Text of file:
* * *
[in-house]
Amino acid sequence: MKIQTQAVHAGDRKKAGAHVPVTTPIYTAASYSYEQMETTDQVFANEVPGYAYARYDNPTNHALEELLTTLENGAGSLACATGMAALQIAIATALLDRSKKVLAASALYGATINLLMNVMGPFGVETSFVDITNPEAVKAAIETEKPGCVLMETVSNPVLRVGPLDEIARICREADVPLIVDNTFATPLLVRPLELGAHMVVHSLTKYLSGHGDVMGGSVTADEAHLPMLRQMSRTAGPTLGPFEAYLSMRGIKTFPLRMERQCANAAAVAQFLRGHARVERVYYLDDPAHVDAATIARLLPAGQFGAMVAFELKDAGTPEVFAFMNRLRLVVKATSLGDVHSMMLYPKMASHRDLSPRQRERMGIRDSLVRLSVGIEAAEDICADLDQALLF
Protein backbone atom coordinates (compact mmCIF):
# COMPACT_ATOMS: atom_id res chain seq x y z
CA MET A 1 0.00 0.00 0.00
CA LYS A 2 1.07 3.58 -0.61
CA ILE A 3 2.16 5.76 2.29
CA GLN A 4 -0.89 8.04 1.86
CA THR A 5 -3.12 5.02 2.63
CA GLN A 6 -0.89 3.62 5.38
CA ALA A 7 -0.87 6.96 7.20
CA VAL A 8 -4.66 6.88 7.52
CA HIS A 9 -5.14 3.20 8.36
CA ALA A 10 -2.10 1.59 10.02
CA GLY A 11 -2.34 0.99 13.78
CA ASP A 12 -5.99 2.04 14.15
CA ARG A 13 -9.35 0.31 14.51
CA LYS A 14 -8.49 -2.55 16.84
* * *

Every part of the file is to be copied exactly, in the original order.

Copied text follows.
[in-house]
Amino acid sequence: MKIQTQAVHAGDRKKAGAHVPVTTPIYTAASYSYEQMETTDQVFANEVPGYAYARYDNPTNHALEELLTTLENGAGSLACATGMAALQIAIATALLDRSKKVLAASALYGATINLLMNVMGPFGVETSFVDITNPEAVKAAIETEKPGCVLMETVSNPVLRVGPLDEIARICREADVPLIVDNTFATPLLVRPLELGAHMVVHSLTKYLSGHGDVMGGSVTADEAHLPMLRQMSRTAGPTLGPFEAYLSMRGIKTFPLRMERQCANAAAVAQFLRGHARVERVYYLDDPAHVDAATIARLLPAGQFGAMVAFELKDAGTPEVFAFMNRLRLVVKATSLGDVHSMMLYPKMASHRDLSPRQRERMGIRDSLVRLSVGIEAAEDICADLDQALLF
Protein backbone atom coordinates (compact mmCIF):
# COMPACT_ATOMS: atom_id res chain seq x y z
CA MET A 1 0.00 0.00 0.00
CA LYS A 2 1.07 3.58 -0.61
CA ILE A 3 2.16 5.76 2.29
CA GLN A 4 -0.89 8.04 1.86
CA THR A 5 -3.12 5.02 2.63
CA GLN A 6 -0.89 3.62 5.38
CA ALA A 7 -0.87 6.96 7.20
CA VAL A 8 -4.66 6.88 7.52
CA HIS A 9 -5.14 3.20 8.36
CA ALA A 10 -2.10 1.59 10.02
CA GLY A 11 -2.34 0.99 13.78
CA ASP A 12 -5.99 2.04 14.15
CA ARG A 13 -9.35 0.31 14.51
CA LYS A 14 -8.49 -2.55 16.84